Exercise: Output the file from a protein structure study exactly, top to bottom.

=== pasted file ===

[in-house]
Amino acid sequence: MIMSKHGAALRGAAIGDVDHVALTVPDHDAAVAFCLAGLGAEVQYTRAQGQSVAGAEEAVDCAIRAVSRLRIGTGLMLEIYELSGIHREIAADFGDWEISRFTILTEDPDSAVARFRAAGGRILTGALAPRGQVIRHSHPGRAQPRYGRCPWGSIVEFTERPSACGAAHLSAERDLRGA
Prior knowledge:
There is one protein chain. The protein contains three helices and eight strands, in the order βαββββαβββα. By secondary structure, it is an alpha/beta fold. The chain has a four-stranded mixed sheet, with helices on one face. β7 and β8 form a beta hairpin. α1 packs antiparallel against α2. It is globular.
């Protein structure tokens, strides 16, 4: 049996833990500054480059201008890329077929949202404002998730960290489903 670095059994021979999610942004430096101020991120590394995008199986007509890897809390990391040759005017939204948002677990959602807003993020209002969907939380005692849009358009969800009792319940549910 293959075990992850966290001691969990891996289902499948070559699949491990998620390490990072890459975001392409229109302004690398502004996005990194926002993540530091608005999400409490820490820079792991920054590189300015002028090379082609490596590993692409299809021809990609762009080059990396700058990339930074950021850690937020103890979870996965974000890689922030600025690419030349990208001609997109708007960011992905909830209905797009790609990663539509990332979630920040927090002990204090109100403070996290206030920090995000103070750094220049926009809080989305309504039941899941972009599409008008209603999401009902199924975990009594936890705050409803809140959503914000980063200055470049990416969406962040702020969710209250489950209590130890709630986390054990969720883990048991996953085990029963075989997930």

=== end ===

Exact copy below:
[in-house]
Amino acid sequence: MIMSKHGAALRGAAIGDVDHVALTVPDHDAAVAFCLAGLGAEVQYTRAQGQSVAGAEEAVDCAIRAVSRLRIGTGLMLEIYELSGIHREIAADFGDWEISRFTILTEDPDSAVARFRAAGGRILTGALAPRGQVIRHSHPGRAQPRYGRCPWGSIVEFTERPSACGAAHLSAERDLRGA
Prior knowledge:
There is one protein chain. The protein contains three helices and eight strands, in the order βαββββαβββα. By secondary structure, it is an alpha/beta fold. The chain has a four-stranded mixed sheet, with helices on one face. β7 and β8 form a beta hairpin. α1 packs antiparallel against α2. It is globular.
């Protein structure tokens, strides 16, 4: 049996833990500054480059201008890329077929949202404002998730960290489903 670095059994021979999610942004430096101020991120590394995008199986007509890897809390990391040759005017939204948002677990959602807003993020209002969907939380005692849009358009969800009792319940549910 293959075990992850966290001691969990891996289902499948070559699949491990998620390490990072890459975001392409229109302004690398502004996005990194926002993540530091608005999400409490820490820079792991920054590189300015002028090379082609490596590993692409299809021809990609762009080059990396700058990339930074950021850690937020103890979870996965974000890689922030600025690419030349990208001609997109708007960011992905909830209905797009790609990663539509990332979630920040927090002990204090109100403070996290206030920090995000103070750094220049926009809080989305309504039941899941972009599409008008209603999401009902199924975990009594936890705050409803809140959503914000980063200055470049990416969406962040702020969710209250489950209590130890709630986390054990969720883990048991996953085990029963075989997930």